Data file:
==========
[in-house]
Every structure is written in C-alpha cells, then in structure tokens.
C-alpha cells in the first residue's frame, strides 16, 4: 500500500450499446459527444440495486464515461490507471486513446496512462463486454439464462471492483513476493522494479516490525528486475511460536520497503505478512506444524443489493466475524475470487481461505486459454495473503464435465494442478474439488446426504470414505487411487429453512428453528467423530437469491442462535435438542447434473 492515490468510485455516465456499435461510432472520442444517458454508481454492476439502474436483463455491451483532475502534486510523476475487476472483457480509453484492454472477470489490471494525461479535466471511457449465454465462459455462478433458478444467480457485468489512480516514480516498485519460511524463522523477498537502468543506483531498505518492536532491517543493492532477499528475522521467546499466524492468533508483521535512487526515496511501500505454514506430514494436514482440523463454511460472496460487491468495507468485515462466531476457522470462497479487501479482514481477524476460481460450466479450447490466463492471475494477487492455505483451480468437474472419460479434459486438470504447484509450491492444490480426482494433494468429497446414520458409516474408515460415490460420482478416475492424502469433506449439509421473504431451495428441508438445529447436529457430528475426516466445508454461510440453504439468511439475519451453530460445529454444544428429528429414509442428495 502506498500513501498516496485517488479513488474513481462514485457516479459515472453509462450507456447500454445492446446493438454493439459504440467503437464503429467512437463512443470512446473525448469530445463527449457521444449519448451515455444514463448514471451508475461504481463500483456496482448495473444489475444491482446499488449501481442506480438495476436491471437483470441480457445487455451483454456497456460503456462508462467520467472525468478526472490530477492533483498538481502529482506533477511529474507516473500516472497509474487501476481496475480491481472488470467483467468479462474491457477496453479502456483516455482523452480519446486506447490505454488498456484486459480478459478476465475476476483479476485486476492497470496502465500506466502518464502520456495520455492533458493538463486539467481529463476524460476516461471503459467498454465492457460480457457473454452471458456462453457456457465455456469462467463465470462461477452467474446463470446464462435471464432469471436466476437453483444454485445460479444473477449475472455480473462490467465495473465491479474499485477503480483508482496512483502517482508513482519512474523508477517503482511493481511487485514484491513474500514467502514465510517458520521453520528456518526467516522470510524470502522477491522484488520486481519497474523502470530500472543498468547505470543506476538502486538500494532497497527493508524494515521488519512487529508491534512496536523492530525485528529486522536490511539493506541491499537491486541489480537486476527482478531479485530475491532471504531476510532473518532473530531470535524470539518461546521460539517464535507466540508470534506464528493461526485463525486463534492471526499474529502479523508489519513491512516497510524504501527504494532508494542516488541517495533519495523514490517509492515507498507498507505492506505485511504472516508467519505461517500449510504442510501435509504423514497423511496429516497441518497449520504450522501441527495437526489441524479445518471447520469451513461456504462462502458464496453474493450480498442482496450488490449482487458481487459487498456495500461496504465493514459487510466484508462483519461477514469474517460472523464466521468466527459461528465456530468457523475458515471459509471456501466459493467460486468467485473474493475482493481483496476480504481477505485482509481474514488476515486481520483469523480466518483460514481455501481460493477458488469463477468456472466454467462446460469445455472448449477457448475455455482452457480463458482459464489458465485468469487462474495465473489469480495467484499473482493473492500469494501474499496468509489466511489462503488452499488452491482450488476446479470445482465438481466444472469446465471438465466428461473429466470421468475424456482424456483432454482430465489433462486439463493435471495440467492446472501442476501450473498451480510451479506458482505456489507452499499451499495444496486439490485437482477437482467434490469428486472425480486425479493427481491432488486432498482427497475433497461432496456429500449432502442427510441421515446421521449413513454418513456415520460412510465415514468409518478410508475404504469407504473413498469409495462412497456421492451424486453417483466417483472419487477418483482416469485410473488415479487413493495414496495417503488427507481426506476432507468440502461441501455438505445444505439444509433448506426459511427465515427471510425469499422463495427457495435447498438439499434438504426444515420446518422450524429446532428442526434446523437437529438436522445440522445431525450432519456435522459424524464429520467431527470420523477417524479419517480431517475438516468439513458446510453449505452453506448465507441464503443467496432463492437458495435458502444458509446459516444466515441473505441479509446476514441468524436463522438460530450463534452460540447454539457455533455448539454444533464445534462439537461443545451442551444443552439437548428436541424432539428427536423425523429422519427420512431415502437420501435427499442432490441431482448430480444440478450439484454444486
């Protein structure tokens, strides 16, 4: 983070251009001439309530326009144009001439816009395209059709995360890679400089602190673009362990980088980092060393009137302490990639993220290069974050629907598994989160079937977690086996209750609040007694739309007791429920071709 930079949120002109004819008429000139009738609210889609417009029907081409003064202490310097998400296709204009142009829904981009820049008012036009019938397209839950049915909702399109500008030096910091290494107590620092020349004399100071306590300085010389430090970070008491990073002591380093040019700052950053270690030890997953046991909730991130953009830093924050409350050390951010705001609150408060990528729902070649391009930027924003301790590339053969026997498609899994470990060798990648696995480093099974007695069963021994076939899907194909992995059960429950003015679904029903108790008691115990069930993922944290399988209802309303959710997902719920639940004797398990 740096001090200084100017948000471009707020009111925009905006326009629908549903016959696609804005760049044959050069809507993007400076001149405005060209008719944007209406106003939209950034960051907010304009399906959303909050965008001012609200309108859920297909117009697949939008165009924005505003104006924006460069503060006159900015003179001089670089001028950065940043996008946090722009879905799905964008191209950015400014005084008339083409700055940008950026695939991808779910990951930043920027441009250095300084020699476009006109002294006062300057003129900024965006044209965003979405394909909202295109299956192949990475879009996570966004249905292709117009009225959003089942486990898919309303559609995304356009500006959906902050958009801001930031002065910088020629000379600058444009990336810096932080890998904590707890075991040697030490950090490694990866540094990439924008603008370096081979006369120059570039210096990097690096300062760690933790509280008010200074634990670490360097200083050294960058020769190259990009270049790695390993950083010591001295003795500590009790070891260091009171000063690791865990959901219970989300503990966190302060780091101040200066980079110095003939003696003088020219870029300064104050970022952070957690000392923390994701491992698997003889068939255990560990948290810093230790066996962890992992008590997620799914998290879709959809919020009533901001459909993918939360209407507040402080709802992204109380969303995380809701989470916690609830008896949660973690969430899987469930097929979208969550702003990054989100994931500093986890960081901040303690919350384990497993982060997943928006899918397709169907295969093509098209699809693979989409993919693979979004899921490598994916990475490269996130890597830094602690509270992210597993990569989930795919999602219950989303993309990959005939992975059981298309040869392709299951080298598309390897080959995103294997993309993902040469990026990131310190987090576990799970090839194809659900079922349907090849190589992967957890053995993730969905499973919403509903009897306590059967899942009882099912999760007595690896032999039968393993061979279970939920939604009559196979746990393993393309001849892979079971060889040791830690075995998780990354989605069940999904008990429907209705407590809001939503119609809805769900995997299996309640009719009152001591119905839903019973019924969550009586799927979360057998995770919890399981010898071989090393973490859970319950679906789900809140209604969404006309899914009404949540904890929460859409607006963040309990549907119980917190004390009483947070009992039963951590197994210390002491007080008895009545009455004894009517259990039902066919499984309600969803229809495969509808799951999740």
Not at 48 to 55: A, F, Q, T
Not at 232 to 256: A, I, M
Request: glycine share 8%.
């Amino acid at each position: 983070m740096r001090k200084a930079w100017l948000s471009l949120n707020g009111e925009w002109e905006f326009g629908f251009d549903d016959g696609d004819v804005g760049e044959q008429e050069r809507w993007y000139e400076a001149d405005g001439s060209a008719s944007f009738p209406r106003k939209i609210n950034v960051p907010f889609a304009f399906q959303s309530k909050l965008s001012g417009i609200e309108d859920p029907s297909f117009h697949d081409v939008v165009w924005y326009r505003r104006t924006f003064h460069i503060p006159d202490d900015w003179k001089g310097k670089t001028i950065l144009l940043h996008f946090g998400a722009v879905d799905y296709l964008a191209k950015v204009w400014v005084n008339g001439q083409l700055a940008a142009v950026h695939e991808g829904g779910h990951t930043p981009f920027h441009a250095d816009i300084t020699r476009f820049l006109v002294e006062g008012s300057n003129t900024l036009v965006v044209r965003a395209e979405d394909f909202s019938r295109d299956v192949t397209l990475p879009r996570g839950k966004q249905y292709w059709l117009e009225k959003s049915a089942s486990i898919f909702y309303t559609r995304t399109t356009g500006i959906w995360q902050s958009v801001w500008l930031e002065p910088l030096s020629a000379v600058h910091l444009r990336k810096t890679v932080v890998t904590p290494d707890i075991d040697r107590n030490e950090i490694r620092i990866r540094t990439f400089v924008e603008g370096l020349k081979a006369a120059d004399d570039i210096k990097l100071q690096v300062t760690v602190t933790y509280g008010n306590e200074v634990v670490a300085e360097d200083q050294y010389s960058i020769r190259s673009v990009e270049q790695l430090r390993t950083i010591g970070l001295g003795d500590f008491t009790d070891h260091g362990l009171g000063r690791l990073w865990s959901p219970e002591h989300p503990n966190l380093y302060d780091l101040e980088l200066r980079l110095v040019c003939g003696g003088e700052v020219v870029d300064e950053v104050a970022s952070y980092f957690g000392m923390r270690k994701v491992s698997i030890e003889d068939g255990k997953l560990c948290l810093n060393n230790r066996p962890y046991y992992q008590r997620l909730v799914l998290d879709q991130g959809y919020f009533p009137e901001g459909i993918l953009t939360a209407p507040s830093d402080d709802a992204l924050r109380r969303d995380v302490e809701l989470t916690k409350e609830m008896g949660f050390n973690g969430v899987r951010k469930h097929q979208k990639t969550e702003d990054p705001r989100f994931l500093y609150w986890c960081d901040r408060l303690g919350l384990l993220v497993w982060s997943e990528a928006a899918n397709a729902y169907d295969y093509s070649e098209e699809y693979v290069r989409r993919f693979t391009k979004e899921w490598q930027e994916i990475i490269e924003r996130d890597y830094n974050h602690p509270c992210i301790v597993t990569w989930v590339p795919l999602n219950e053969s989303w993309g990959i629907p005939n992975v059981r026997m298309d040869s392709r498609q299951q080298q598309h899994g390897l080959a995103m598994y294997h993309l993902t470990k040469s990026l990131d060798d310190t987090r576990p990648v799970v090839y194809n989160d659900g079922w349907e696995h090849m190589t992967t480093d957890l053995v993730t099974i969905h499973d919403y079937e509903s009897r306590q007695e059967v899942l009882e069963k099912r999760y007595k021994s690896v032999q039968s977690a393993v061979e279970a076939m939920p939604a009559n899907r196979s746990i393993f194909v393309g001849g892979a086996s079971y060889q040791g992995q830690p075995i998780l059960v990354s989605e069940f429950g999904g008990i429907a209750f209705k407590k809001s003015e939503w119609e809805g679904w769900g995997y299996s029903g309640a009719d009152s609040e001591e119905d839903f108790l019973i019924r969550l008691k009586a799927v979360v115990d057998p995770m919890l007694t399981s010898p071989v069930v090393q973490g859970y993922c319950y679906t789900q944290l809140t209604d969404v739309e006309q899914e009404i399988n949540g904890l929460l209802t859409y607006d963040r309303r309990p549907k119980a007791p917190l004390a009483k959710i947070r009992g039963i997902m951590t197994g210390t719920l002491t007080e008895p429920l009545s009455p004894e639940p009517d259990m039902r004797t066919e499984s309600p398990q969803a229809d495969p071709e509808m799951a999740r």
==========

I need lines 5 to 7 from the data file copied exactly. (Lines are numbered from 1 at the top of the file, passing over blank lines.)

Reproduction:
Not at 48 to 55: A, F, Q, T
Not at 232 to 256: A, I, M
Request: glycine share 8%.